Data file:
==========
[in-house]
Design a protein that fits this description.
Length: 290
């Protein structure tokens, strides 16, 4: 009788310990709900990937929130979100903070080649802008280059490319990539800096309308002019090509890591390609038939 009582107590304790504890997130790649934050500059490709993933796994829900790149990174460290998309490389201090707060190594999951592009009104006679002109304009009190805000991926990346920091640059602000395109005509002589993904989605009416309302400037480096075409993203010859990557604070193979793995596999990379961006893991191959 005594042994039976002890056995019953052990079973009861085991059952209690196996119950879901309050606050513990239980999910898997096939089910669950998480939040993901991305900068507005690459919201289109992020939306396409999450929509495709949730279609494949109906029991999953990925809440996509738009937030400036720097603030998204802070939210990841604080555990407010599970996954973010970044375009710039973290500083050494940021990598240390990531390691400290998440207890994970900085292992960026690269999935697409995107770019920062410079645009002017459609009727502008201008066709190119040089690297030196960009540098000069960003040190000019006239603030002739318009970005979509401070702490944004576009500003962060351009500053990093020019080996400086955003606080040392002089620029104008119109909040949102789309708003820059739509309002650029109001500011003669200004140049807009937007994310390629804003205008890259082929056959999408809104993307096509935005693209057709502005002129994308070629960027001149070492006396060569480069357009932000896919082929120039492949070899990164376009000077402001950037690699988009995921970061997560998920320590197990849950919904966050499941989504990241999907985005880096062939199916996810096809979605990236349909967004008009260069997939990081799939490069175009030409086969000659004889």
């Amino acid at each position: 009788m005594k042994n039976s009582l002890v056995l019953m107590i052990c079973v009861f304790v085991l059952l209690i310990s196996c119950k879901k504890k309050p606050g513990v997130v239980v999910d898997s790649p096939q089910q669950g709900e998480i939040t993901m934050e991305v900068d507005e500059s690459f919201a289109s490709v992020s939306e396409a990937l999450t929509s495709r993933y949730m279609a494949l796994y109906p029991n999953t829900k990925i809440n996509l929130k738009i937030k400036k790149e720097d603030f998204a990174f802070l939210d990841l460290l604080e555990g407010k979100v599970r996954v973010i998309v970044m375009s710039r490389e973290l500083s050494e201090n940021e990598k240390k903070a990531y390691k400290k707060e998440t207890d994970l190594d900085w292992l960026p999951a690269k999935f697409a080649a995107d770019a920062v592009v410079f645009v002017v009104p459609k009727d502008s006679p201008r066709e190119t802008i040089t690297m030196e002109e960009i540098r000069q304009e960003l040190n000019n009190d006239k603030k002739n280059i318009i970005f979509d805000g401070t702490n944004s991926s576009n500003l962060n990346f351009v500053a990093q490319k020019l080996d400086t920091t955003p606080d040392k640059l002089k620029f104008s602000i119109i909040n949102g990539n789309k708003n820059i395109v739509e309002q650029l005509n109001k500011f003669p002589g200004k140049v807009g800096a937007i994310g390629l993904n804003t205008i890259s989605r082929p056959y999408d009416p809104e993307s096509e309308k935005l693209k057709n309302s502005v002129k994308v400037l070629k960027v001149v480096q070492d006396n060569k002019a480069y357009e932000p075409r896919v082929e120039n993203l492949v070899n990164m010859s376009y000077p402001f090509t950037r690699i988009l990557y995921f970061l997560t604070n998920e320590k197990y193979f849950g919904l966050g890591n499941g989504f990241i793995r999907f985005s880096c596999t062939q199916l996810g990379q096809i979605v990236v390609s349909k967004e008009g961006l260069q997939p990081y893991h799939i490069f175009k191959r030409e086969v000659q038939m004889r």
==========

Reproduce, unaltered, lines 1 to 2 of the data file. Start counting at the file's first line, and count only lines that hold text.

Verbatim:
[in-house]
Design a protein that fits this description.